“The more you go around the league, the more you experience things, the older you get, you’re looking for the advantages, like where the ball carries more,” Canseco said. “I lose too many home runs in Oakland.”

Though still battling Cecil Fielder for the American League home run title, Canseco privately believes he never will have that 50- or 60-homer season in Oakland, never will wipe out Roger Maris’ non-asterisk record there.

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In 15 regular-season and playoff games at the SkyDome, he has 10 home runs, 29 runs batted in and a .377 batting average.

“I would rather hit there than any other place,” he said. “The background is great, the ball carries well and their pitching staff challenges me. I get pitches to hit.”

And if he seriously wants to leave, A’s Manager Tony La Russa implied that he would not try to prevent it and did not consider Canseco irreplaceable.

“Are we in first place?” La Russa said, ignoring the fact that his A’s finished first in each of the previous three years.

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“He is only one player, and if he doesn’t want to be here . . . ,” La Russa said. “I mean, more people still talk about wanting to come to the Oakland A’s than wanting to leave.”

DOC UPDATE

The New York Mets insist that Dwight Gooden will be 100% in spring training after having cartilage removed and a rotator tear repaired by arthroscopic surgery, but some of his teammates are skeptical.

Said shortstop Kevin Elster, who had a similar procedure last winter and has yet to regain his previous strength: “Don’t expect any miracles. Doc’s going to be out awhile next year--I mean, a long while.”

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Said third baseman Howard Johnson, who has twice had shoulder surgery: “I think we’re talking about a full year before Doc is strong again, maybe two before he’s throwing like he once did.”

Gooden signed a three-year, $15.45-million contract extension this season, and club President Frank Cashen can’t believe he succumbed.

“I’ve pointed to all the long-term contracts over the years and said, ‘Look at how stupid those clubs are,’ ” Cashen said. “Well, I’m as guilty as everyone else. I’m just as stupid.”

What it probably adds up to is that Frank Viola, 12-15 with seven consecutive defeats and 10 in his last 11 starts, will have to go elsewhere for a long-term contract when he becomes a free agent at the end of the season.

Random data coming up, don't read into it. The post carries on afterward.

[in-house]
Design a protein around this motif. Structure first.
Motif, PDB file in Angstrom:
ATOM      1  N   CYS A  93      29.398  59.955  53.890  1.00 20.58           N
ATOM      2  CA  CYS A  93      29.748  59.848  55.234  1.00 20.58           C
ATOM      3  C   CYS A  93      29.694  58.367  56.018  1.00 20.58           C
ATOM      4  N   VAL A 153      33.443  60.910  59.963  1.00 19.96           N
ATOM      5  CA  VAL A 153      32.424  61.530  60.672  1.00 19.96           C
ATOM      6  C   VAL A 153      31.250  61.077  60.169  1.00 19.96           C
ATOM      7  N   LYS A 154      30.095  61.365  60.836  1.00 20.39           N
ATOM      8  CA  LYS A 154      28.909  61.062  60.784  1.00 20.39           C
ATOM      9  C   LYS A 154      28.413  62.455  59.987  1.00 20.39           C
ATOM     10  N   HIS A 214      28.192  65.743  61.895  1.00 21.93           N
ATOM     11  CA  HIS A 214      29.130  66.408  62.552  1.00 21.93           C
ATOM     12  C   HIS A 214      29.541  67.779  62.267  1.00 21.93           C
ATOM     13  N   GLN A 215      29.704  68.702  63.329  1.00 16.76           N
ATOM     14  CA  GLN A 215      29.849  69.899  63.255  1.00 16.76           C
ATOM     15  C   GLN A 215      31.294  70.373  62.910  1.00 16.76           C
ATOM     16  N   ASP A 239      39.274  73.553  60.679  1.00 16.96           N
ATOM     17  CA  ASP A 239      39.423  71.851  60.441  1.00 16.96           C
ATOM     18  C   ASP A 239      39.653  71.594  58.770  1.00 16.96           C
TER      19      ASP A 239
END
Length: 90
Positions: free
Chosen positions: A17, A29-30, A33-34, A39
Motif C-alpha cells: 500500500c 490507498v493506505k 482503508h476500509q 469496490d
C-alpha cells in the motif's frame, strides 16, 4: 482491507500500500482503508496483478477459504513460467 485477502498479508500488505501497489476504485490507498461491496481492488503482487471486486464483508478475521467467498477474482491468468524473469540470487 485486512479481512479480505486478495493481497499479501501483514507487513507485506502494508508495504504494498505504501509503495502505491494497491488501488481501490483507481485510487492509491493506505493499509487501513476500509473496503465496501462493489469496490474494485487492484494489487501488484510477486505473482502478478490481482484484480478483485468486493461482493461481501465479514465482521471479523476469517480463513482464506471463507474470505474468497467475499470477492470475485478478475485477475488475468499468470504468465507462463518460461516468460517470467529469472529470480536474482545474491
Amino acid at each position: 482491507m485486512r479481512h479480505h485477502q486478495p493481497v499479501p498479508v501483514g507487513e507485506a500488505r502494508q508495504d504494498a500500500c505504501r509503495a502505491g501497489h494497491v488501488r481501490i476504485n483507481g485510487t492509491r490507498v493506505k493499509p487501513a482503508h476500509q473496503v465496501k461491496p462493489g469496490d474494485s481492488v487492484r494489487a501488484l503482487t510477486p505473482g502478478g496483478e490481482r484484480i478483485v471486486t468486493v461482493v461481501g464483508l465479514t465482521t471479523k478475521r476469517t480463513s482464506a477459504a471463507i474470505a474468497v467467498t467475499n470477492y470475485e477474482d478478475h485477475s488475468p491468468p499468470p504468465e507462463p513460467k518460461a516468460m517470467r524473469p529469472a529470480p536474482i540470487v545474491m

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QUESTION OF RELIEF

The sudden battle between the Toronto Blue Jays and Boston Red Sox in the American League East might be settled in the bullpen--or by Cito Gaston’s ailing back.

The Toronto manager is expected to rejoin his team when it returns from a three-game series in Anaheim Thursday. Interim manager Gene Tenace has caused an undercurrent of unrest by overworking the bullpen, as some see it.

Tenace used five or more pitchers four times in a seven-game span before the weekend series in Oakland.

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David Wells was in four consecutive games and Duane Ward in four of five. Both Mike Timlin and relief ace Tom Henke had tired arms, Henke with a touch of tendinitis.

In losing two of three to the Seattle Mariners before heading to Oakland, the Blue Jays twice blew leads in each of the losses.

Boston, meanwhile, has closed from 11 1/2 games out to one-half game by going 31-10 since Aug. 9. Relief ace Jeff Reardon was 15 for 16 in saves chances during that span, and Tony Fossas and Greg Harris were brilliant in the set-up role.

Left-hander Fossas has stranded 47 of 49 inherited runners and restricted left-handed hitters to a .151 average. Right-hander Harris beat Toronto with a four-hitter Aug. 10, moved to the bullpen the next day to replace Jeff Gray, who suffered a stroke, and has since given up only four earned runs in 24 1/3 innings.

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The steady relief has helped restore stability to a rebuilt rotation. Since Aug. 6, unsung Mark Gardner and Kevin Morton are a combined 10-2.

Sparky Anderson, with his Detroit Tigers virtually eliminated in the East, reflected on the Blue Jays’ recent struggle in the context of their previous fall collapses and said: “I’m not saying Toronto won’t win it, but if they do it will be by default. People don’t believe me when I say you’ve got to lock the door. Us and Toronto, we can’t lock the door.”

A NEW GAME

Sounding a lot like Bo Schembechler, who resigned as Michigan football coach to become president of the Detroit Tigers, Rick Bay, who resigned as the athletic director at Minnesota to become president of the Cleveland Indians, said initially he will be involved only in the business end.

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“I’ll eventually get involved in the player end, too, but nobody has to be threatened by that because I don’t know that much now,” said Bay, who accepted the job as successor to the retiring Hank Peters with the understanding that the Cleveland owners wanted John Hart to remain as general manager and were extending his contract to assure it.

Mike Aldrete, one of 53 players the Indians have employed this year, said of Bay’s hiring: “What’s another new face?”